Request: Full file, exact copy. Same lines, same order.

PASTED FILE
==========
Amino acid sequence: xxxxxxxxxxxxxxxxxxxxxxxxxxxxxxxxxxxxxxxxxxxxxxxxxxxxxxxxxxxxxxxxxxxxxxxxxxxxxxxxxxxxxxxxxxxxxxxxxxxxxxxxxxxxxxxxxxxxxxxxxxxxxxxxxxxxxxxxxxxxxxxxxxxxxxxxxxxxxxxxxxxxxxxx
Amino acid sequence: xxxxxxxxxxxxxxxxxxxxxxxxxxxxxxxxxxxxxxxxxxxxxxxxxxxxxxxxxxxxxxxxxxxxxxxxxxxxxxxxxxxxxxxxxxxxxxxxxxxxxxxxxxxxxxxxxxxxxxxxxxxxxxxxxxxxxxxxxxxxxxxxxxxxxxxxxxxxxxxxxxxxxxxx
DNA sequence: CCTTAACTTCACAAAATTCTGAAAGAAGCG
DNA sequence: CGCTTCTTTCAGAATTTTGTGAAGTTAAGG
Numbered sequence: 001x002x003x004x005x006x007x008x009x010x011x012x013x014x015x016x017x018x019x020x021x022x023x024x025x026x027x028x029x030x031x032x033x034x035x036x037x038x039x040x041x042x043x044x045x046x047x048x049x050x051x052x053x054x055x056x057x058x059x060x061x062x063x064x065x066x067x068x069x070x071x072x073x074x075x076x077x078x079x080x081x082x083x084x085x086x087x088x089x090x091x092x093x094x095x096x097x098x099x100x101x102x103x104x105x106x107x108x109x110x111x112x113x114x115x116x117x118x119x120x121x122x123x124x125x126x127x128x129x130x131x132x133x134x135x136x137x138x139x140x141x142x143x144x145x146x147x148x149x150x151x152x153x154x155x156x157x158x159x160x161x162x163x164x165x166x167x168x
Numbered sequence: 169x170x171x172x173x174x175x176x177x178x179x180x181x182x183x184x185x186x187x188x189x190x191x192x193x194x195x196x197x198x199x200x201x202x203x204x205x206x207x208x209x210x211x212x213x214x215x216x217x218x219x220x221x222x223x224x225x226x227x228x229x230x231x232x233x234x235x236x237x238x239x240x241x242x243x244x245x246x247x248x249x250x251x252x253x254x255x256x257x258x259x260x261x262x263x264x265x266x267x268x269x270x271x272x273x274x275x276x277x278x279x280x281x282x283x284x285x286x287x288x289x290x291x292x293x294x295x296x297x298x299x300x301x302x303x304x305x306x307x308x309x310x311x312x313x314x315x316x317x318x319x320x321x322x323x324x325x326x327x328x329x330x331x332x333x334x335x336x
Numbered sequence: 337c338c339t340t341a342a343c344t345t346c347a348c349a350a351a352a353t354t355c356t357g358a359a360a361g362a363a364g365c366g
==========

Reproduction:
Amino acid sequence: xxxxxxxxxxxxxxxxxxxxxxxxxxxxxxxxxxxxxxxxxxxxxxxxxxxxxxxxxxxxxxxxxxxxxxxxxxxxxxxxxxxxxxxxxxxxxxxxxxxxxxxxxxxxxxxxxxxxxxxxxxxxxxxxxxxxxxxxxxxxxxxxxxxxxxxxxxxxxxxxxxxxxxxx
Amino acid sequence: xxxxxxxxxxxxxxxxxxxxxxxxxxxxxxxxxxxxxxxxxxxxxxxxxxxxxxxxxxxxxxxxxxxxxxxxxxxxxxxxxxxxxxxxxxxxxxxxxxxxxxxxxxxxxxxxxxxxxxxxxxxxxxxxxxxxxxxxxxxxxxxxxxxxxxxxxxxxxxxxxxxxxxxx
DNA sequence: CCTTAACTTCACAAAATTCTGAAAGAAGCG
DNA sequence: CGCTTCTTTCAGAATTTTGTGAAGTTAAGG
Numbered sequence: 001x002x003x004x005x006x007x008x009x010x011x012x013x014x015x016x017x018x019x020x021x022x023x024x025x026x027x028x029x030x031x032x033x034x035x036x037x038x039x040x041x042x043x044x045x046x047x048x049x050x051x052x053x054x055x056x057x058x059x060x061x062x063x064x065x066x067x068x069x070x071x072x073x074x075x076x077x078x079x080x081x082x083x084x085x086x087x088x089x090x091x092x093x094x095x096x097x098x099x100x101x102x103x104x105x106x107x108x109x110x111x112x113x114x115x116x117x118x119x120x121x122x123x124x125x126x127x128x129x130x131x132x133x134x135x136x137x138x139x140x141x142x143x144x145x146x147x148x149x150x151x152x153x154x155x156x157x158x159x160x161x162x163x164x165x166x167x168x
Numbered sequence: 169x170x171x172x173x174x175x176x177x178x179x180x181x182x183x184x185x186x187x188x189x190x191x192x193x194x195x196x197x198x199x200x201x202x203x204x205x206x207x208x209x210x211x212x213x214x215x216x217x218x219x220x221x222x223x224x225x226x227x228x229x230x231x232x233x234x235x236x237x238x239x240x241x242x243x244x245x246x247x248x249x250x251x252x253x254x255x256x257x258x259x260x261x262x263x264x265x266x267x268x269x270x271x272x273x274x275x276x277x278x279x280x281x282x283x284x285x286x287x288x289x290x291x292x293x294x295x296x297x298x299x300x301x302x303x304x305x306x307x308x309x310x311x312x313x314x315x316x317x318x319x320x321x322x323x324x325x326x327x328x329x330x331x332x333x334x335x336x
Numbered sequence: 337c338c339t340t341a342a343c344t345t346c347a348c349a350a351a352a353t354t355c356t357g358a359a360a361g362a363a364g365c366g